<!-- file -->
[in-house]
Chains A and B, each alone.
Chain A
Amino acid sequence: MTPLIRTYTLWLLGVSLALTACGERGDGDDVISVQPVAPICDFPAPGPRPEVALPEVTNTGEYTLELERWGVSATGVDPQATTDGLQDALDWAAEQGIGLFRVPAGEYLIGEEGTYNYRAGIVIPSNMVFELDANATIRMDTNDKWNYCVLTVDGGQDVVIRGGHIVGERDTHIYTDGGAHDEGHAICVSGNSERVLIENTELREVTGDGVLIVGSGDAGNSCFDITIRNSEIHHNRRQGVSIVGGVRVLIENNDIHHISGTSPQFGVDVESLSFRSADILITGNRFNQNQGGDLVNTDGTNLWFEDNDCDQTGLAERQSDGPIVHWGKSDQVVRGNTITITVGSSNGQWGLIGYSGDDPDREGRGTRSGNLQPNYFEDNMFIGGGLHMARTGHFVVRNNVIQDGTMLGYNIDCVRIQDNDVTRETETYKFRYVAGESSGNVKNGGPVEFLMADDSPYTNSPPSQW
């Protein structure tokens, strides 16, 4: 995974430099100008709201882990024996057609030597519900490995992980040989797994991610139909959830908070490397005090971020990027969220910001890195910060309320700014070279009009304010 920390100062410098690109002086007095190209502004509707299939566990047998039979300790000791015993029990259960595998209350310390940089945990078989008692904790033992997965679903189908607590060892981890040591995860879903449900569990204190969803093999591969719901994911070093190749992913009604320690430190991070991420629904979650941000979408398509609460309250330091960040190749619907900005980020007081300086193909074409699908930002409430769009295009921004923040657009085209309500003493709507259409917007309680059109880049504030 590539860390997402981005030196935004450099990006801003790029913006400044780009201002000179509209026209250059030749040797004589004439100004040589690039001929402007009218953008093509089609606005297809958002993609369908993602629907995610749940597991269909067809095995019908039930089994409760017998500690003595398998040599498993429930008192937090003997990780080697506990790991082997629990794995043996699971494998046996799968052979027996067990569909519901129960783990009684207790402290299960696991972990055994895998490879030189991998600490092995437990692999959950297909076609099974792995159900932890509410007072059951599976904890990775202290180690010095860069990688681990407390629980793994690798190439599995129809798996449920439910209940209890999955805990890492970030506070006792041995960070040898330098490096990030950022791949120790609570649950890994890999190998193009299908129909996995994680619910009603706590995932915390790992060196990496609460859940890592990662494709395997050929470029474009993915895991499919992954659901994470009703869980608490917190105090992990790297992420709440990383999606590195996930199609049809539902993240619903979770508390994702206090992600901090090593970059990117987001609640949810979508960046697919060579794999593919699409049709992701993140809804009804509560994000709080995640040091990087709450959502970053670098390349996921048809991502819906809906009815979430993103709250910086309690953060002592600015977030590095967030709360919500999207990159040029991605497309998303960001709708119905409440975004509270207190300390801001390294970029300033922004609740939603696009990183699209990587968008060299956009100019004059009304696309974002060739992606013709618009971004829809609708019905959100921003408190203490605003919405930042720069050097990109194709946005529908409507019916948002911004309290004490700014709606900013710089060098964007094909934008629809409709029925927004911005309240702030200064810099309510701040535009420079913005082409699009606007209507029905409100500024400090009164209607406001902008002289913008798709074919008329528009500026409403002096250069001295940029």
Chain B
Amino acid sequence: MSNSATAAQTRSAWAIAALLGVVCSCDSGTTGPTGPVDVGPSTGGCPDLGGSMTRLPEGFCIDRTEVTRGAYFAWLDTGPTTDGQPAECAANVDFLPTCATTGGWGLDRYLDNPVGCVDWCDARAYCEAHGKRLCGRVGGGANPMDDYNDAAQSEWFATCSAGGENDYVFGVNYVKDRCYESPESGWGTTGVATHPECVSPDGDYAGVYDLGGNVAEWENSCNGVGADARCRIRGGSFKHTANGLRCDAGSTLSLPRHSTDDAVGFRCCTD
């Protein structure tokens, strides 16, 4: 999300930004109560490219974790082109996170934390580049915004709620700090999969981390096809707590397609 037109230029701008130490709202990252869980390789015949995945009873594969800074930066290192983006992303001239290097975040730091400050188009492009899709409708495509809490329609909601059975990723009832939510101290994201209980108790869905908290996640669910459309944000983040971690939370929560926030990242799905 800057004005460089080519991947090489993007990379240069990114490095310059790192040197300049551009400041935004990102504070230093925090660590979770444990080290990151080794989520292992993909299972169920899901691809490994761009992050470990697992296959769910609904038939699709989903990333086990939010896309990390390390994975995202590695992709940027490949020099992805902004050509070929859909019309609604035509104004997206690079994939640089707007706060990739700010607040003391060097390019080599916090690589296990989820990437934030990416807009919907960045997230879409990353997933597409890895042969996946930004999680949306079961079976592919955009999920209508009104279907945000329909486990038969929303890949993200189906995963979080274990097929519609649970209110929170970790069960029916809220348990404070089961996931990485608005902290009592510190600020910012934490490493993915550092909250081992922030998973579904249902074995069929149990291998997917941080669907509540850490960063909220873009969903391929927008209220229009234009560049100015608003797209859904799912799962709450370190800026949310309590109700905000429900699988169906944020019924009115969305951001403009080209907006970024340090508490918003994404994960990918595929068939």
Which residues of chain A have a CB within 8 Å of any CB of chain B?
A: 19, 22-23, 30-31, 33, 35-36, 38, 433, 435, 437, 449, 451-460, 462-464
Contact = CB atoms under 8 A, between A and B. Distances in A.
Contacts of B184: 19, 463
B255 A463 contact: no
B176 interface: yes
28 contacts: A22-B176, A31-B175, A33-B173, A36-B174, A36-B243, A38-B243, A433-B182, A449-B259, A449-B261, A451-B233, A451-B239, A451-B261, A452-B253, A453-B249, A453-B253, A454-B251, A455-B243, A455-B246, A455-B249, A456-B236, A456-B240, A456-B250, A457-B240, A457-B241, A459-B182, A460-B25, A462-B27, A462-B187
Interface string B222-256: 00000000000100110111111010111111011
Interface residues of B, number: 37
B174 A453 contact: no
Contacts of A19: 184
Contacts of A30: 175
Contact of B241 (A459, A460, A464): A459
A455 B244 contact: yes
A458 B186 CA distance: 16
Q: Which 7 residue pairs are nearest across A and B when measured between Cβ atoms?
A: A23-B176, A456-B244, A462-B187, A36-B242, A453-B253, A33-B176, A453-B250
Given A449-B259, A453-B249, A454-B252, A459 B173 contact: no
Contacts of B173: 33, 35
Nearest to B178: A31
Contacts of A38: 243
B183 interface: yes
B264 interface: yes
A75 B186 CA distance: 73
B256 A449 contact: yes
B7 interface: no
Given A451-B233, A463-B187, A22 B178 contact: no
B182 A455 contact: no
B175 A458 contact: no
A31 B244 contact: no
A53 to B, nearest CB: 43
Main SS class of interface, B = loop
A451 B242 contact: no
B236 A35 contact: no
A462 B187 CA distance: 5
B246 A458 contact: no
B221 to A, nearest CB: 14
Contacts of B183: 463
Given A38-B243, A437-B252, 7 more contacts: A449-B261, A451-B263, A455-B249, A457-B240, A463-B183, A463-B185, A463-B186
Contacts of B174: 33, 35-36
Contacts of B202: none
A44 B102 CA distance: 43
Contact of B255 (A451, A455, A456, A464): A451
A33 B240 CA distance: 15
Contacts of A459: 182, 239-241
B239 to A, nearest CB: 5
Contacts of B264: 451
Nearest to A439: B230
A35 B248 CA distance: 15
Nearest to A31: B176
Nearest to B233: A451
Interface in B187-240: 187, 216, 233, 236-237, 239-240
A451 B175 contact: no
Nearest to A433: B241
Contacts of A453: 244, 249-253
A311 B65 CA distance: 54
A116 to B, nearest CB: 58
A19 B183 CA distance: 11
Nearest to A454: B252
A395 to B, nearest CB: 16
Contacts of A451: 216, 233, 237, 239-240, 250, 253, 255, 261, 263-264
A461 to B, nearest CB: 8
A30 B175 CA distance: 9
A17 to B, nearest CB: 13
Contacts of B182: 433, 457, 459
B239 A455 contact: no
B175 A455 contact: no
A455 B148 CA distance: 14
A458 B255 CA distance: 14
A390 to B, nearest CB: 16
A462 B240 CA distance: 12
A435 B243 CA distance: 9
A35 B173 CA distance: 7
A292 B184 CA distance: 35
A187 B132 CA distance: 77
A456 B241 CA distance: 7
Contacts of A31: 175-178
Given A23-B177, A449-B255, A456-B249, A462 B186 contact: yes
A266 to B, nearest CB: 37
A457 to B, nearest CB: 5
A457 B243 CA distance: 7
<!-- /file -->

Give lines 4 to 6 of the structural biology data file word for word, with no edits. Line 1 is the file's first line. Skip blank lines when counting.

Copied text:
Amino acid sequence: MTPLIRTYTLWLLGVSLALTACGERGDGDDVISVQPVAPICDFPAPGPRPEVALPEVTNTGEYTLELERWGVSATGVDPQATTDGLQDALDWAAEQGIGLFRVPAGEYLIGEEGTYNYRAGIVIPSNMVFELDANATIRMDTNDKWNYCVLTVDGGQDVVIRGGHIVGERDTHIYTDGGAHDEGHAICVSGNSERVLIENTELREVTGDGVLIVGSGDAGNSCFDITIRNSEIHHNRRQGVSIVGGVRVLIENNDIHHISGTSPQFGVDVESLSFRSADILITGNRFNQNQGGDLVNTDGTNLWFEDNDCDQTGLAERQSDGPIVHWGKSDQVVRGNTITITVGSSNGQWGLIGYSGDDPDREGRGTRSGNLQPNYFEDNMFIGGGLHMARTGHFVVRNNVIQDGTMLGYNIDCVRIQDNDVTRETETYKFRYVAGESSGNVKNGGPVEFLMADDSPYTNSPPSQW
């Protein structure tokens, strides 16, 4: 995974430099100008709201882990024996057609030597519900490995992980040989797994991610139909959830908070490397005090971020990027969220910001890195910060309320700014070279009009304010 920390100062410098690109002086007095190209502004509707299939566990047998039979300790000791015993029990259960595998209350310390940089945990078989008692904790033992997965679903189908607590060892981890040591995860879903449900569990204190969803093999591969719901994911070093190749992913009604320690430190991070991420629904979650941000979408398509609460309250330091960040190749619907900005980020007081300086193909074409699908930002409430769009295009921004923040657009085209309500003493709507259409917007309680059109880049504030 590539860390997402981005030196935004450099990006801003790029913006400044780009201002000179509209026209250059030749040797004589004439100004040589690039001929402007009218953008093509089609606005297809958002993609369908993602629907995610749940597991269909067809095995019908039930089994409760017998500690003595398998040599498993429930008192937090003997990780080697506990790991082997629990794995043996699971494998046996799968052979027996067990569909519901129960783990009684207790402290299960696991972990055994895998490879030189991998600490092995437990692999959950297909076609099974792995159900932890509410007072059951599976904890990775202290180690010095860069990688681990407390629980793994690798190439599995129809798996449920439910209940209890999955805990890492970030506070006792041995960070040898330098490096990030950022791949120790609570649950890994890999190998193009299908129909996995994680619910009603706590995932915390790992060196990496609460859940890592990662494709395997050929470029474009993915895991499919992954659901994470009703869980608490917190105090992990790297992420709440990383999606590195996930199609049809539902993240619903979770508390994702206090992600901090090593970059990117987001609640949810979508960046697919060579794999593919699409049709992701993140809804009804509560994000709080995640040091990087709450959502970053670098390349996921048809991502819906809906009815979430993103709250910086309690953060002592600015977030590095967030709360919500999207990159040029991605497309998303960001709708119905409440975004509270207190300390801001390294970029300033922004609740939603696009990183699209990587968008060299956009100019004059009304696309974002060739992606013709618009971004829809609708019905959100921003408190203490605003919405930042720069050097990109194709946005529908409507019916948002911004309290004490700014709606900013710089060098964007094909934008629809409709029925927004911005309240702030200064810099309510701040535009420079913005082409699009606007209507029905409100500024400090009164209607406001902008002289913008798709074919008329528009500026409403002096250069001295940029």
Chain B